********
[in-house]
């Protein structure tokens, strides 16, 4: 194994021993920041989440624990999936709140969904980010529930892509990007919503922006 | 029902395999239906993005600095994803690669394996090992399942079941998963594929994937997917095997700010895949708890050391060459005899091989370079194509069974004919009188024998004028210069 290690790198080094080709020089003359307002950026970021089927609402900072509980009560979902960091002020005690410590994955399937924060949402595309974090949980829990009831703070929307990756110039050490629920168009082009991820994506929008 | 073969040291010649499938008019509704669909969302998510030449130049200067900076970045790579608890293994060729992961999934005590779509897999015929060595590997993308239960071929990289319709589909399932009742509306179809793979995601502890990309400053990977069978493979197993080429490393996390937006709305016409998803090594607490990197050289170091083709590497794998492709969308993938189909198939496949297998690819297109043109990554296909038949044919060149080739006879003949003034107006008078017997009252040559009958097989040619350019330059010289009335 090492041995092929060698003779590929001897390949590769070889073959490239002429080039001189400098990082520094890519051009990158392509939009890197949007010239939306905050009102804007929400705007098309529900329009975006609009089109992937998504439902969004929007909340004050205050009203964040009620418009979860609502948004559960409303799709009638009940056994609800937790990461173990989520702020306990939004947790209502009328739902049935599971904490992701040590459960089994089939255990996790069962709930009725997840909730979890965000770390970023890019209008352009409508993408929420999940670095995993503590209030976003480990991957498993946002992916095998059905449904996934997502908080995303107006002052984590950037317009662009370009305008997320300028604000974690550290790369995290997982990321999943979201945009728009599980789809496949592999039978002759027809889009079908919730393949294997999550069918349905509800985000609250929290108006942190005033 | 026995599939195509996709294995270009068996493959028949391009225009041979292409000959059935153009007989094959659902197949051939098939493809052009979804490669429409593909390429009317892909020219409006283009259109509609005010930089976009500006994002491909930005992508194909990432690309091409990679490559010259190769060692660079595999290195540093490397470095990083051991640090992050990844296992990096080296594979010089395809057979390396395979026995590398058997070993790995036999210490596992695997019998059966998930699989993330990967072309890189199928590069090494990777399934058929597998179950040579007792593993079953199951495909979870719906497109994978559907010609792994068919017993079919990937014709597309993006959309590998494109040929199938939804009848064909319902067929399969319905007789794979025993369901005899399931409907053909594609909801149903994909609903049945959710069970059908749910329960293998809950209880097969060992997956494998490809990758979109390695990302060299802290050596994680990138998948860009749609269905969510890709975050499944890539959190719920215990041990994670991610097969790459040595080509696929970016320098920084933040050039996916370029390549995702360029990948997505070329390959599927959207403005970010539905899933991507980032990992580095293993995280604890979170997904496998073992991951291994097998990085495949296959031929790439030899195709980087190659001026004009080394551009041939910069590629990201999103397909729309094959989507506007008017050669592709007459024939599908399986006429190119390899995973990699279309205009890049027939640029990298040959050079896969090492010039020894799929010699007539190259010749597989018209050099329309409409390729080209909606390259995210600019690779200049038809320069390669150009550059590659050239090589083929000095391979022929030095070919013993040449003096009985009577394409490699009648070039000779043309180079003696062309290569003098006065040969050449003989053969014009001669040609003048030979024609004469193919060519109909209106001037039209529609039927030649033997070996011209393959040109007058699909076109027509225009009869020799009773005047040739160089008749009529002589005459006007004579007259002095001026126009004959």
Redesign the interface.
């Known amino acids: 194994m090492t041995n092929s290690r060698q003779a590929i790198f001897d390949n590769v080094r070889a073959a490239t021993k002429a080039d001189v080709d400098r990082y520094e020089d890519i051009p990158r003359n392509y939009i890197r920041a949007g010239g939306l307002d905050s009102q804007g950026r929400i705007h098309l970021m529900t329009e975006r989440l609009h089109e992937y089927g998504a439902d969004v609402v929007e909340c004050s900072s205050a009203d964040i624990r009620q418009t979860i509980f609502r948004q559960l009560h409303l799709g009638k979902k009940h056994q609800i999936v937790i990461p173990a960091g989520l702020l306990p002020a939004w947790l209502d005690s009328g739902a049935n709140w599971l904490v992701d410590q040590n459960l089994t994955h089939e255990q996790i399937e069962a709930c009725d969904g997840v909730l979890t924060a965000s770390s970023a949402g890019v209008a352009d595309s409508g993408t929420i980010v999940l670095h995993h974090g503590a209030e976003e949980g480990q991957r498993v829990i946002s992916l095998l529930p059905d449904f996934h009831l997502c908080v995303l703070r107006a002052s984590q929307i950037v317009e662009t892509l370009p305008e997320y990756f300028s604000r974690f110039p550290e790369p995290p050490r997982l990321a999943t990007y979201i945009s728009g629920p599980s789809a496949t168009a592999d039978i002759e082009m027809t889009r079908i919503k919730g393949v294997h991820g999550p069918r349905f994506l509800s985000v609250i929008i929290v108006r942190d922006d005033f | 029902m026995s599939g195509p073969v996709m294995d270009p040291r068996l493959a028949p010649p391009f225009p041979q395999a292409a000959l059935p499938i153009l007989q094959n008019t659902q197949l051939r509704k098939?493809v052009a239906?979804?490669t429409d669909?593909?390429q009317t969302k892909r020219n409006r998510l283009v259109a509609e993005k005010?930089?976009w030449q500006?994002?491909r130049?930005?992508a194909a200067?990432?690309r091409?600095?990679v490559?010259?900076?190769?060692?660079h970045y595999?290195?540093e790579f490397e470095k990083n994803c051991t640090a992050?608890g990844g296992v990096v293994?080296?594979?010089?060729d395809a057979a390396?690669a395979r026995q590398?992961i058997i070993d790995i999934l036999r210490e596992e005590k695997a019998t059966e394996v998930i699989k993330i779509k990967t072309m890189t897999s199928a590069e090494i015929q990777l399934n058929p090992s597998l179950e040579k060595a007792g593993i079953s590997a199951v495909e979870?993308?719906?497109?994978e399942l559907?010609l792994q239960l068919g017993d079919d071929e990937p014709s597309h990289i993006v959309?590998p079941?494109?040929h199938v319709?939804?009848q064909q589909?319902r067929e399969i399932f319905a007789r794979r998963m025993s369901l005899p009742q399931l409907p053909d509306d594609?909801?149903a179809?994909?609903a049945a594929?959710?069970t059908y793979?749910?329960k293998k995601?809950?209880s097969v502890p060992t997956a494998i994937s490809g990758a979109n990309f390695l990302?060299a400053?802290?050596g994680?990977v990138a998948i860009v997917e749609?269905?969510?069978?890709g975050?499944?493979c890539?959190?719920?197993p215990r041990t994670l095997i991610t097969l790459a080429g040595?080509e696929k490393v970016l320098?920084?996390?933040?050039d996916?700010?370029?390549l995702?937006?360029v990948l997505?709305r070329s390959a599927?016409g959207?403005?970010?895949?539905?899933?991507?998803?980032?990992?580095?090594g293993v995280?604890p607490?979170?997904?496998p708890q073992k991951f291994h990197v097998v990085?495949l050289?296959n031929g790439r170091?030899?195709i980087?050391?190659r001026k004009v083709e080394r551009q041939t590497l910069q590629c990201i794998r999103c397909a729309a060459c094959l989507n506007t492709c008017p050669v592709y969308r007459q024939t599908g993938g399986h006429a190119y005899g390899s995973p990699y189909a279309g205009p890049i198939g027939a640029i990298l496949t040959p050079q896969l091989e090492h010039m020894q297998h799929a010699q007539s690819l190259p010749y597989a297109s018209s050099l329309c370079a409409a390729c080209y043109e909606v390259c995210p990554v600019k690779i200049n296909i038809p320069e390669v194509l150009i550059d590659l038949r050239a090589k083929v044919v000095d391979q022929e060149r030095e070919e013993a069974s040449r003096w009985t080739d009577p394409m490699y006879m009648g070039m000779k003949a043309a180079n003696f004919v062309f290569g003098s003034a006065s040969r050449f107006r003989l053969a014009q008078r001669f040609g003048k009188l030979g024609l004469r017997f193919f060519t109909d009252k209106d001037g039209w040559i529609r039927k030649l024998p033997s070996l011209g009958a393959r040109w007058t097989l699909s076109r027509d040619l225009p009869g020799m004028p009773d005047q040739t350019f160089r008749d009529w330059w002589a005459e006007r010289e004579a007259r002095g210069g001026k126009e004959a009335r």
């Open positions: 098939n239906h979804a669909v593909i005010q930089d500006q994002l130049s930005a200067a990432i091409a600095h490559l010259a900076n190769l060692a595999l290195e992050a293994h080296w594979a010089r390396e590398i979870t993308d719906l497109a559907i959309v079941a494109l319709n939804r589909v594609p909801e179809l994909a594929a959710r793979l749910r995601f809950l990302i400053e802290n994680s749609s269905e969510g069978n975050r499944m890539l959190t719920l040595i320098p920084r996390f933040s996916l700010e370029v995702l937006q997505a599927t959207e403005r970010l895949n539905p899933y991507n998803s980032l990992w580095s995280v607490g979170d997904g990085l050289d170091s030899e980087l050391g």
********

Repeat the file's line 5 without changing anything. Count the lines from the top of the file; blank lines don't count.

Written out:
């Open positions: 098939n239906h979804a669909v593909i005010q930089d500006q994002l130049s930005a200067a990432i091409a600095h490559l010259a900076n190769l060692a595999l290195e992050a293994h080296w594979a010089r390396e590398i979870t993308d719906l497109a559907i959309v079941a494109l319709n939804r589909v594609p909801e179809l994909a594929a959710r793979l749910r995601f809950l990302i400053e802290n994680s749609s269905e969510g069978n975050r499944m890539l959190t719920l040595i320098p920084r996390f933040s996916l700010e370029v995702l937006q997505a599927t959207e403005r970010l895949n539905p899933y991507n998803s980032l990992w580095s995280v607490g979170d997904g990085l050289d170091s030899e980087l050391g």